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UC San Diego detects coronavirus in wastewater samples from five areas of campus

UC San Diego detects coronavirus in wastewater samples from five areas of campus.
(UC San Diego)

UC San Diego says it detected traces of the novel coronavirus in five areas of campus over the weekend after it greatly expanded its search for the pathogen in wastewater samples drawn from dozens of buildings.

The positive tests could involve as many as 14 residence halls and two laundries. But school officials also said Tuesday the findings also could represent only a small number of sites and very few infections.

The virus is present in a person’s feces during the early phase of their infection, making the wastewater from restrooms an ideal place to look for traces of the pathogen. Contact tracing can then be used to try to find infected people.

The university issued a statement Tuesday that said that anyone who used bathrooms in the 14 dorms and two laundry rooms between 11 a.m. Sunday and 1 p.m. on Monday should be tested for COVID-19.

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The bathrooms are located in parts of Seventh College, the Rita Atkinson residence hall, Eleanor Roosevelt College, Central Mesa and the Nuevo West residences.

“This wastewater testing system is a way to stay one step ahead of the virus on campus at a time when there is increasing viral activity in the county,” said Natasha Martin, a UCSD infectious disease modeler.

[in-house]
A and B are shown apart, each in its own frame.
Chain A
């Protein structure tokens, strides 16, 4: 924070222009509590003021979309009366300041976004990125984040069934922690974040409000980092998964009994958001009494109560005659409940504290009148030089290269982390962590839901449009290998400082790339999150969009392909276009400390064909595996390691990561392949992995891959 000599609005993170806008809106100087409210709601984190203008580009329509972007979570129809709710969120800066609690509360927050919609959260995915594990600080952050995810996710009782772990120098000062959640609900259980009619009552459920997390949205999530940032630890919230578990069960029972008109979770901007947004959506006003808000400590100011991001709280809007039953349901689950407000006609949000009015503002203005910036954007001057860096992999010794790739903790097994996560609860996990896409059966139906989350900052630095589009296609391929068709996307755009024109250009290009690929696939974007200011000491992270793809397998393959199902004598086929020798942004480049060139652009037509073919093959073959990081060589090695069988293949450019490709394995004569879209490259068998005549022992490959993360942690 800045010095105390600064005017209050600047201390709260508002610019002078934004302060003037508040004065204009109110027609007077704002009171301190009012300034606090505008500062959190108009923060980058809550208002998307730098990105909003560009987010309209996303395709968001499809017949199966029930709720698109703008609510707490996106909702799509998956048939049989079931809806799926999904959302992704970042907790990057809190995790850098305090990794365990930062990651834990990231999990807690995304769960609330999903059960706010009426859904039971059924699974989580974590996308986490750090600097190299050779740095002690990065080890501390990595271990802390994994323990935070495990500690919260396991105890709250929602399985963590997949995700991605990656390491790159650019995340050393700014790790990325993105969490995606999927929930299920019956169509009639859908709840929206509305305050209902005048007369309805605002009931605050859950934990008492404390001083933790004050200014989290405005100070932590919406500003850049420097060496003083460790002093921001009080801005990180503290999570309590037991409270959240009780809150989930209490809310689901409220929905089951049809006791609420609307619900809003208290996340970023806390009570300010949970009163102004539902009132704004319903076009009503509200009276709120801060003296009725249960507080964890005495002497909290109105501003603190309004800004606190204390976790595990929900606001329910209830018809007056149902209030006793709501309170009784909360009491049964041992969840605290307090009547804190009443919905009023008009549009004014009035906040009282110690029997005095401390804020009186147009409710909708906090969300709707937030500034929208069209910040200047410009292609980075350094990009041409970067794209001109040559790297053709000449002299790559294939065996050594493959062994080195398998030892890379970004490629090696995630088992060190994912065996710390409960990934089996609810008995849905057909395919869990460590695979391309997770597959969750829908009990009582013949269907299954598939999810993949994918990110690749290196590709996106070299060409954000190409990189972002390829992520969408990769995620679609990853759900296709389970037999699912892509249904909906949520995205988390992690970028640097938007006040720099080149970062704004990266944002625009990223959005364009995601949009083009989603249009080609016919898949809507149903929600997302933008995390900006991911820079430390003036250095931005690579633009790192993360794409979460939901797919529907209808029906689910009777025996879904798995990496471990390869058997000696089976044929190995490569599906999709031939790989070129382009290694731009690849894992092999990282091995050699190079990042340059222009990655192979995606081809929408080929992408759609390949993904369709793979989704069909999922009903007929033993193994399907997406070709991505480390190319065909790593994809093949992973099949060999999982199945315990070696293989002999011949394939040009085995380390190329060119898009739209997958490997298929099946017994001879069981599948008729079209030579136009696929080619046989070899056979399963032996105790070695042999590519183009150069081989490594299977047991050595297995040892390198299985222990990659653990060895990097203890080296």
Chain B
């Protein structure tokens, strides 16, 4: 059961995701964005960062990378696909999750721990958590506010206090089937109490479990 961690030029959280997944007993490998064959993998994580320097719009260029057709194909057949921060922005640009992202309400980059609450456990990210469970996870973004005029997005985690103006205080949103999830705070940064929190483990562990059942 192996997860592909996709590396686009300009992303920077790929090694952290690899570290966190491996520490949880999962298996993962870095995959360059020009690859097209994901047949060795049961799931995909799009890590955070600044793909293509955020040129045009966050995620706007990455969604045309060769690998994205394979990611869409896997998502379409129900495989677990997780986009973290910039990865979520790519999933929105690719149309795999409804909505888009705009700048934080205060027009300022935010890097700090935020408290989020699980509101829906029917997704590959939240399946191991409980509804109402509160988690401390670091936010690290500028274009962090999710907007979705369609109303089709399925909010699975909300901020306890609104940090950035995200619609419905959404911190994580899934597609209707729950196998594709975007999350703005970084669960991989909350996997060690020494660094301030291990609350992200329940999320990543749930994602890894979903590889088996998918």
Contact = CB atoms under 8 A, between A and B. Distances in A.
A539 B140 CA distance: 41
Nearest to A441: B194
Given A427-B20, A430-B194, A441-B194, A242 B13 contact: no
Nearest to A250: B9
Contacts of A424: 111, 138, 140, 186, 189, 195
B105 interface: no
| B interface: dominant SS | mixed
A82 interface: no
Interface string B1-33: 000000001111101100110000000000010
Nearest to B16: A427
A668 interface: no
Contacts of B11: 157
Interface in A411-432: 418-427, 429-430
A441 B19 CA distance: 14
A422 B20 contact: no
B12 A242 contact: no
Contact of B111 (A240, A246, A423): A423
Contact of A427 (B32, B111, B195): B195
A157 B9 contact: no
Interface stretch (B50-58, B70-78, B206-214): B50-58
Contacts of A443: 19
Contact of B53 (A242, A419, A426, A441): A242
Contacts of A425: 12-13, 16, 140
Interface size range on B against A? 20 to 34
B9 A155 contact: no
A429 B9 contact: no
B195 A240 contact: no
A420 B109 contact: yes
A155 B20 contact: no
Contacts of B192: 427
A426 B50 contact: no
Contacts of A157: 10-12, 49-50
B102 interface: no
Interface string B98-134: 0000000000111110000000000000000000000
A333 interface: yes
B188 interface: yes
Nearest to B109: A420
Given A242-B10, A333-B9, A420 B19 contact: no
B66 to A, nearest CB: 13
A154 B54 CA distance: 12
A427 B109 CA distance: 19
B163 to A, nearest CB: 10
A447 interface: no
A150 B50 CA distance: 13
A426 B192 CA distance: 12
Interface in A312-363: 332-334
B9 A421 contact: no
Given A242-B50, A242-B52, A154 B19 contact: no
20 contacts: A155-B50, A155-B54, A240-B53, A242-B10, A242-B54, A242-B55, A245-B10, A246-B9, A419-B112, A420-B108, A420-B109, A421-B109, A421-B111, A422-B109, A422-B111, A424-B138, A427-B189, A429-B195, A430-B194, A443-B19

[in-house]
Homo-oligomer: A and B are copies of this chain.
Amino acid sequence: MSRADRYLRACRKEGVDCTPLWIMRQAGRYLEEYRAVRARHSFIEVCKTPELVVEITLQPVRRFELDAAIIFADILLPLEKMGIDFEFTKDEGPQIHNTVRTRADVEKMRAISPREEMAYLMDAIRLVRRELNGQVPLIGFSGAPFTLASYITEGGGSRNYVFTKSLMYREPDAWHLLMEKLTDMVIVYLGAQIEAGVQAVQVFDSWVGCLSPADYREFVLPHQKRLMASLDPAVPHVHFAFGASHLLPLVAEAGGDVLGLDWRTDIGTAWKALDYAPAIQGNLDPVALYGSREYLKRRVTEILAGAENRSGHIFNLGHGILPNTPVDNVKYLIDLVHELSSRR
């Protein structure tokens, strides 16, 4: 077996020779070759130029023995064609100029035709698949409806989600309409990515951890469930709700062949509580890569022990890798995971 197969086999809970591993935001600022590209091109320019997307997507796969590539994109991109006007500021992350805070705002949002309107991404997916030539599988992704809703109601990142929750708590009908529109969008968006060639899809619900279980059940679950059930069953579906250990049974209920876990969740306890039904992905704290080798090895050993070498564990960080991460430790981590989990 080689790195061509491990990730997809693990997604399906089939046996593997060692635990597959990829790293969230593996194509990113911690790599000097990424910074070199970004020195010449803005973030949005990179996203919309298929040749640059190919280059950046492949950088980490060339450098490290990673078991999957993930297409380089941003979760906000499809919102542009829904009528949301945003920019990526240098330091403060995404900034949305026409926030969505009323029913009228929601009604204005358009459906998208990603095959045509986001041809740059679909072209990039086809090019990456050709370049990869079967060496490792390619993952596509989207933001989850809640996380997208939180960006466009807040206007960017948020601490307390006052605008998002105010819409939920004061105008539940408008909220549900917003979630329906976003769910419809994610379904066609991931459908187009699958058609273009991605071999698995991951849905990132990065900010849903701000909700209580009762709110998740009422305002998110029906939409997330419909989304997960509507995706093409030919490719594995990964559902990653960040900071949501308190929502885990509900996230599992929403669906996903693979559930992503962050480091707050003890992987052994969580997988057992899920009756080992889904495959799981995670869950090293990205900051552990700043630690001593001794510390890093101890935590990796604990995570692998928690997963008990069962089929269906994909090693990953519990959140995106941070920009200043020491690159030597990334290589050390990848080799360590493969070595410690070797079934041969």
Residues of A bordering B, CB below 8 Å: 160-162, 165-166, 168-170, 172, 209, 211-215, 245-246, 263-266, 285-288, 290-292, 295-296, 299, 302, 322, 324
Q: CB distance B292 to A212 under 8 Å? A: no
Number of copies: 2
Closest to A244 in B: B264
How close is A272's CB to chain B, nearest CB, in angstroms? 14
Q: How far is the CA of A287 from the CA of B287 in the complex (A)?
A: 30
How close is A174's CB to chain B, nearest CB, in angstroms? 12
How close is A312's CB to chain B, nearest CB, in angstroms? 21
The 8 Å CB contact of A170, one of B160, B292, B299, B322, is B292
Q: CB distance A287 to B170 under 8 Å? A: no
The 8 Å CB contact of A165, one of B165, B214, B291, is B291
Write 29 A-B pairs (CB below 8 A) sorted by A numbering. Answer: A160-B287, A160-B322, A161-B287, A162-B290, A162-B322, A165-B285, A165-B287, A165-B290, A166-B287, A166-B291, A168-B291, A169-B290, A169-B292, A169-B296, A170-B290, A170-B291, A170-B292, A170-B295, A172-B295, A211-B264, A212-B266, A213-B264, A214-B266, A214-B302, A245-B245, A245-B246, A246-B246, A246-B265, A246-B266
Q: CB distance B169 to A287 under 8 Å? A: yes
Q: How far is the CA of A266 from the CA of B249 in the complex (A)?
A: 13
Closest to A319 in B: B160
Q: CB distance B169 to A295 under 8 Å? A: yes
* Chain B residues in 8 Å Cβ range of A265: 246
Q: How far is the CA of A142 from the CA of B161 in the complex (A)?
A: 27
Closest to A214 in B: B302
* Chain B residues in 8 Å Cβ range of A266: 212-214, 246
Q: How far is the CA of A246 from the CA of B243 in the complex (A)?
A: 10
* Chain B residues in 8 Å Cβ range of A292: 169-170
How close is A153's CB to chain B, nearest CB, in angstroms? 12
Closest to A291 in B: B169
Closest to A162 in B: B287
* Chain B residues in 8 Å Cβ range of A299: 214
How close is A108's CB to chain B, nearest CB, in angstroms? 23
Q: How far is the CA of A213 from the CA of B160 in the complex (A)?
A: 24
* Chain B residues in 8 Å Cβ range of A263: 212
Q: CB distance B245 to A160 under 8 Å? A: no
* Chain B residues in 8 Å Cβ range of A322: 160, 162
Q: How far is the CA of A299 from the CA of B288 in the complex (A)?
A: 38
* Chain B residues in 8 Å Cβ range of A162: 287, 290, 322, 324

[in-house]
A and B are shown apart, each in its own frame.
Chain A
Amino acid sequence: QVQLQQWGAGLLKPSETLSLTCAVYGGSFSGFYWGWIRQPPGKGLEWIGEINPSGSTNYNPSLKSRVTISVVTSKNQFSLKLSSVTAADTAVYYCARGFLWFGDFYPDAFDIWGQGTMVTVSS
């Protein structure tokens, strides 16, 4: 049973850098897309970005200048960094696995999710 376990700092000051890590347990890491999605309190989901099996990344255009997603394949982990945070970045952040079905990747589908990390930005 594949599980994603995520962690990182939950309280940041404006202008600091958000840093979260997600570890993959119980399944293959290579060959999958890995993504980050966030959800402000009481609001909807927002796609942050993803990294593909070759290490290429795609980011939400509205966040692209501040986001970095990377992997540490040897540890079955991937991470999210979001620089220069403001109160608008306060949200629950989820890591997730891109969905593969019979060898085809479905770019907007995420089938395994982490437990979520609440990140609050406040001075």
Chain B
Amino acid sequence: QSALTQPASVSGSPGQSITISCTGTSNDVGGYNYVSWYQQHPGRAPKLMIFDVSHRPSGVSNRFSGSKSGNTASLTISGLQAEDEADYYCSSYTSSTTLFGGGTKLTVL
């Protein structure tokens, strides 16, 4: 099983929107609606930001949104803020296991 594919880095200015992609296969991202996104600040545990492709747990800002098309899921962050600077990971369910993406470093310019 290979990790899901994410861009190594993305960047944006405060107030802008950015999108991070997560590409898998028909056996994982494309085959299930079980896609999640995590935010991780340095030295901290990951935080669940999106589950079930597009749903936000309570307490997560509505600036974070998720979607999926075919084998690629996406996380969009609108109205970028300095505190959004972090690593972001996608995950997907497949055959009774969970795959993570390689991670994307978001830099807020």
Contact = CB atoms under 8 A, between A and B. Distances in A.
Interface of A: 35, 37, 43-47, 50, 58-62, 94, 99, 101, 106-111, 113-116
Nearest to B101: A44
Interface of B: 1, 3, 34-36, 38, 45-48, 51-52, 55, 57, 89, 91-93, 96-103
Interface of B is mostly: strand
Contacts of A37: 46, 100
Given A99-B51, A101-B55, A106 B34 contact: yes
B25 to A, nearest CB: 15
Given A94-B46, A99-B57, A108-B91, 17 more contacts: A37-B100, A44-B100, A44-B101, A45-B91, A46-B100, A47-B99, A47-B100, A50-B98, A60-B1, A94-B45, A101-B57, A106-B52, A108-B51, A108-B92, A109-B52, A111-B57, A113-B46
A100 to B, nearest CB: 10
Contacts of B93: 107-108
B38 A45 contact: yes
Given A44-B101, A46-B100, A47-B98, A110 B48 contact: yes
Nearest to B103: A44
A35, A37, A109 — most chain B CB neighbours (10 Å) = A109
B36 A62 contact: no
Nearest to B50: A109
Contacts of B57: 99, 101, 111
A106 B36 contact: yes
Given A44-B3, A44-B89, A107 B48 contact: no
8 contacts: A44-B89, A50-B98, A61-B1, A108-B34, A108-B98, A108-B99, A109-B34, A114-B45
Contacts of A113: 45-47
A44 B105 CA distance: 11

UCSD began sampling wastewater for the virus in late summer and quickly detected the pathogen at Revelle College and tracked it back to two asymptomatic people who might have been the source.

At the time, the campus had six sampling stations. On Sunday, it expanded the number to 52 samplers that examine wastewater from 100 residence halls.

The surveillance program is part of Return to Learn, UCSD’s effort to use COVID-19 screening and monitoring to progressively reopen the campus.

Most of the school’s more than 40,000 students are still taking all or most of their classes online. But UCSD has housed nearly 10,000 students this fall and is preparing to offer some classes in outdoor tents early next year to expand face-to-face instruction.

Since early October, 108 UCSD students have tested positive for the virus, a number that’s far lower than at many large schools. San Diego State University has reported more than 1,400 infections.

Robbins writes for the San Diego Union-Tribune.


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